- Run a node
- Set up the node's keys
You will need to create at least one private key to hold your account that will be used to execute transactions from the node.
This step is not needed if you just want to run a node to query the blockchain state without validating or submitting any transaction.
When you run the command below, you might be prompted to enter a password for your keyring.
archwayd keys add <account-name>
archwayd keys add my-node
You will observe a similar output as shown below:
- name: my-node type: local address: archway12ntzpk9fjt2x39pvll8ufma9tuhhnkh8g4zzc2 pubkey: archwaypub1addwnpepqfgjegqxxv9srfe359t93tu9l86tpkwwjk7w63xtpwq05wmlq9emjmxfmmv mnemonic: "" threshold: 0 pubkeys:  **Important:** Write this mnemonic phrase in a safe place. It is the only way to recover your account if you ever forget your password. resource regret any wet stable body alcohol spring horse valve ritual top music salad gesture can earn casino example drive surface mix senior flag
The account comes with a human-readable 24-word mnemonic phrase (also called seed or simply mnemonic), which you can use to recover the account.
Make sure to safely back up the mnemonic phrase, as it is crucial to recover your account.
In rare circumstances, when using Ubuntu the OS Keyring Backend may throw the error:
"object does not exist at path “/“ error.". If this is the case, you can change the keyring backend from OS to file, and then launch every command with the
--keyring-backend file flag.
To recover an existing account, add the --recover flag:
archwayd keys add <key_name> --recover
You will be prompted to enter your bip39 mnemonic in order to add the key.
You can use the following command to list all your keys:
archwayd keys list
For example, executing the command above would produce output similar to the following:
$ archwayd keys list - name: Default type: local address: ## Address of "Default" ## pubkey: ## Pubkey of "Default" ## mnemonic: "" threshold: 0 pubkeys:  - name: Default_restore type: local address: ## Address of "Default_restore" ## pubkey: ## Pubkey of "Default_restore" ## mnemonic: "" threshold: 0 pubkeys: 
You can also retrieve information about a specific key:
archwayd keys show <key_name>
and you will be shown something similar to the following:
$ archwayd keys show Default --bech acc- name: Default type: local address: arch1quw5r22pxy8znjtdkgqc65atrm3x5hg6vycm5n pubkey: archpub1addwnpepqdct05khsxvtaaj0stuvayrpw0j8t6styr7vu05k3y63d5540ftuz8x6tsq mnemonic: "" threshold: 0 pubkeys: 
You can delete a key in your storage path with:
archwayd keys delete <key_name>
Make sure you are fully aware of the implications and have backed up the key mnemonic before removing any of your keys. There is no way to recover your key without the mnemonic.
You can export and backup your key by launching:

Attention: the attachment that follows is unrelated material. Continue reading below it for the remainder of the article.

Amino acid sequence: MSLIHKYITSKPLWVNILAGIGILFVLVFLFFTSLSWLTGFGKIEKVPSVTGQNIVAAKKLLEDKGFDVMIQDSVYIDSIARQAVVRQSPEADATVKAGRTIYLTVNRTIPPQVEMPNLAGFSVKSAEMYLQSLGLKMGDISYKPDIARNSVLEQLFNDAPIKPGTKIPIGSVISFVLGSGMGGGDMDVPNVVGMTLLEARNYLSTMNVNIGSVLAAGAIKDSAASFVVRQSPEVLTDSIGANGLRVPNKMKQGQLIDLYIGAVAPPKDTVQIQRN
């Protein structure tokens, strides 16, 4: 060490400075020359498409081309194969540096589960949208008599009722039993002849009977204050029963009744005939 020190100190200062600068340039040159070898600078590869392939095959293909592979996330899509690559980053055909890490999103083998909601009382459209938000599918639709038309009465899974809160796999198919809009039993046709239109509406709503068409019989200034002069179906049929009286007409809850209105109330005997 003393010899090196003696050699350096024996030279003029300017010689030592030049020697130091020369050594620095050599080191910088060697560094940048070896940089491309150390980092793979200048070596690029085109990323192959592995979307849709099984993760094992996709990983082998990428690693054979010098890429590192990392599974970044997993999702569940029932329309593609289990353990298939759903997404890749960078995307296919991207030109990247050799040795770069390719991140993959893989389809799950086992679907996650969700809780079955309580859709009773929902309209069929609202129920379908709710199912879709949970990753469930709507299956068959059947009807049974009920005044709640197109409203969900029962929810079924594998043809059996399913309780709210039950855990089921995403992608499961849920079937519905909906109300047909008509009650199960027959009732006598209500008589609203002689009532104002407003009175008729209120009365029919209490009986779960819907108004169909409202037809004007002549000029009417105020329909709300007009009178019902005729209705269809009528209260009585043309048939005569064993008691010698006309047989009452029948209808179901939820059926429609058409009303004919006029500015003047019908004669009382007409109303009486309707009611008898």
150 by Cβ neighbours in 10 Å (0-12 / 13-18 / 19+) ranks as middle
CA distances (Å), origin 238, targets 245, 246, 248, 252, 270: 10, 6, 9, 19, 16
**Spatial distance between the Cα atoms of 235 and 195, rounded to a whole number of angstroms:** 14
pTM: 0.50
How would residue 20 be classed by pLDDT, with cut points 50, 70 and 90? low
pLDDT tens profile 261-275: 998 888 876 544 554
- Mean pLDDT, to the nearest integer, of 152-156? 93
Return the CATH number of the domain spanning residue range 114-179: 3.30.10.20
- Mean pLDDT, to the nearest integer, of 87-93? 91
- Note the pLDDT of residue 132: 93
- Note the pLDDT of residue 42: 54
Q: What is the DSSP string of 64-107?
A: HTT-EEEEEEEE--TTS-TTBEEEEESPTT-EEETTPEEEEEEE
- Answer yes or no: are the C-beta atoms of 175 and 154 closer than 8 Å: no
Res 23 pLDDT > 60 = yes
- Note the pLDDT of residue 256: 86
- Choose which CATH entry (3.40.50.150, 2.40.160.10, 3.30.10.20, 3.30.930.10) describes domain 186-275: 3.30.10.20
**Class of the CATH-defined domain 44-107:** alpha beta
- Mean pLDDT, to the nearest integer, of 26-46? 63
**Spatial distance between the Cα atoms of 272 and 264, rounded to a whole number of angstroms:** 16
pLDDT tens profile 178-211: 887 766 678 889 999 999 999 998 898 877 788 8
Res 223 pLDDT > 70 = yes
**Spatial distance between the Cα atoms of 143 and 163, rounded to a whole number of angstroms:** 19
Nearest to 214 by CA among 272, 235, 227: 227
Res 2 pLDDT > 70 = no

archwayd keys export <key_name>
The Keyring is where the keys are stored, and there are a few options.
archwayd keys [subcommands] --keyring-backend [backend type]
The default os backend stores the keys in the operating system's credential sub-system.
By choosing the file backend, a password entry is required every time you need to access it. This implies that you may be prompted for your password multiple times in one single command.
The test backend is a password-less variation of the file backend. It stores unencrypted keys inside the app's configuration directory. It should only be used in testing environments and never be used in production.
We have been talking about your node address, which is your account address and it's used for holding funds and signing transactions. This is also referred to as Operator Address, and you can obtain it by launching
archwayd keys add <your-key-name>. This address starts with "archway..".
It is important to notice that there is also another type of address, derived from your validator's consensus public key. This is called Validator Consensus Address, and it is used in the staking and consensus process to identify your validator.This address starts with "archwayvaloper.."", and you can obtain it by launching
archwayd tendermint show-address.
Tendermint Key Management System (TKMS), is a specialized service that manages validator keys for nodes operating on the Cosmos network, ensuring the secure storage, access, and usage of cryptographic keys. Using TKMS for Cosmos validators has the following advantages:
- Improved security: TKMS establishes robust security practices for the handling and storage of cryptographic keys, minimizing the risk of unauthorized access, manipulation, or theft of keys.
- Unified API and support for various HSMs: TKMS offers a unified API that allows for integration with various Hardware Security Modules (HSMs). HSMs are specialized devices that securely generate, store, and manage cryptographic keys. By supporting different HSMs, TKMS provides validators with the flexibility to choose the most appropriate and secure hardware solutions for their specific needs.
- Double signing protection: TKMS implements both software and hardware-based double signing protection measures, ensuring that validators do not inadvertently double sign blocks.
In order to safely manage your validator keys, you can look further on how to integrate TKMS with hardware devices:
Tendermint KMS is a work in progress which is currently in beta phase. It has undergone one security audit with only one low-severity finding. Make sure you are aware of the risks, do your own research and look into the official docs.
Now you are ready to join a network. Optionally, you can take your time to configure your node, so that the node can be customized according to your needs and preferences. Also, note that you can use Cosmovisor in order to perform automatic upgrades.